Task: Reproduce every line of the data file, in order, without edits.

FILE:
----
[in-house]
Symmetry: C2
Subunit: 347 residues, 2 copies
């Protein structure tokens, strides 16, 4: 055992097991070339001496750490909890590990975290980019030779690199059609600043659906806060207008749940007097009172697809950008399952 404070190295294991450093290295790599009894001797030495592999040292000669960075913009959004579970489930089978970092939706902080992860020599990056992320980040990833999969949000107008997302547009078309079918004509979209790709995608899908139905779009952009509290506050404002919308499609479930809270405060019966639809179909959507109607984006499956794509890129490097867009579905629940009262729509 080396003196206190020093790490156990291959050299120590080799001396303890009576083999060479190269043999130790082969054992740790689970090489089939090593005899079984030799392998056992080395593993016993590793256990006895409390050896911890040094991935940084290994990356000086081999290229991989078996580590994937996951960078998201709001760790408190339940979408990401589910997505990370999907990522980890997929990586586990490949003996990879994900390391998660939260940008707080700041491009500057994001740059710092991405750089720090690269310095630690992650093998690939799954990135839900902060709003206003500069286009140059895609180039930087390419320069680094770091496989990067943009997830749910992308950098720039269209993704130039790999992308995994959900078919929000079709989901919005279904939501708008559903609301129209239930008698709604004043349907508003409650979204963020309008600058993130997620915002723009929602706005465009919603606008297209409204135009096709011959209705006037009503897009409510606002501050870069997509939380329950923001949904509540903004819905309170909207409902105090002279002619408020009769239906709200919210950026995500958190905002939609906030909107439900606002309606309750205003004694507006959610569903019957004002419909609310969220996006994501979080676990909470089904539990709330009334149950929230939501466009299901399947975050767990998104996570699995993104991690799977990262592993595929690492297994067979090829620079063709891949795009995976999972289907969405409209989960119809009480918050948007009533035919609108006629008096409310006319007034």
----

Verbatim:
[in-house]
Symmetry: C2
Subunit: 347 residues, 2 copies
């Protein structure tokens, strides 16, 4: 055992097991070339001496750490909890590990975290980019030779690199059609600043659906806060207008749940007097009172697809950008399952 404070190295294991450093290295790599009894001797030495592999040292000669960075913009959004579970489930089978970092939706902080992860020599990056992320980040990833999969949000107008997302547009078309079918004509979209790709995608899908139905779009952009509290506050404002919308499609479930809270405060019966639809179909959507109607984006499956794509890129490097867009579905629940009262729509 080396003196206190020093790490156990291959050299120590080799001396303890009576083999060479190269043999130790082969054992740790689970090489089939090593005899079984030799392998056992080395593993016993590793256990006895409390050896911890040094991935940084290994990356000086081999290229991989078996580590994937996951960078998201709001760790408190339940979408990401589910997505990370999907990522980890997929990586586990490949003996990879994900390391998660939260940008707080700041491009500057994001740059710092991405750089720090690269310095630690992650093998690939799954990135839900902060709003206003500069286009140059895609180039930087390419320069680094770091496989990067943009997830749910992308950098720039269209993704130039790999992308995994959900078919929000079709989901919005279904939501708008559903609301129209239930008698709604004043349907508003409650979204963020309008600058993130997620915002723009929602706005465009919603606008297209409204135009096709011959209705006037009503897009409510606002501050870069997509939380329950923001949904509540903004819905309170909207409902105090002279002619408020009769239906709200919210950026995500958190905002939609906030909107439900606002309606309750205003004694507006959610569903019957004002419909609310969220996006994501979080676990909470089904539990709330009334149950929230939501466009299901399947975050767990998104996570699995993104991690799977990262592993595929690492297994067979090829620079063709891949795009995976999972289907969405409209989960119809009480918050948007009533035919609108006629008096409310006319007034």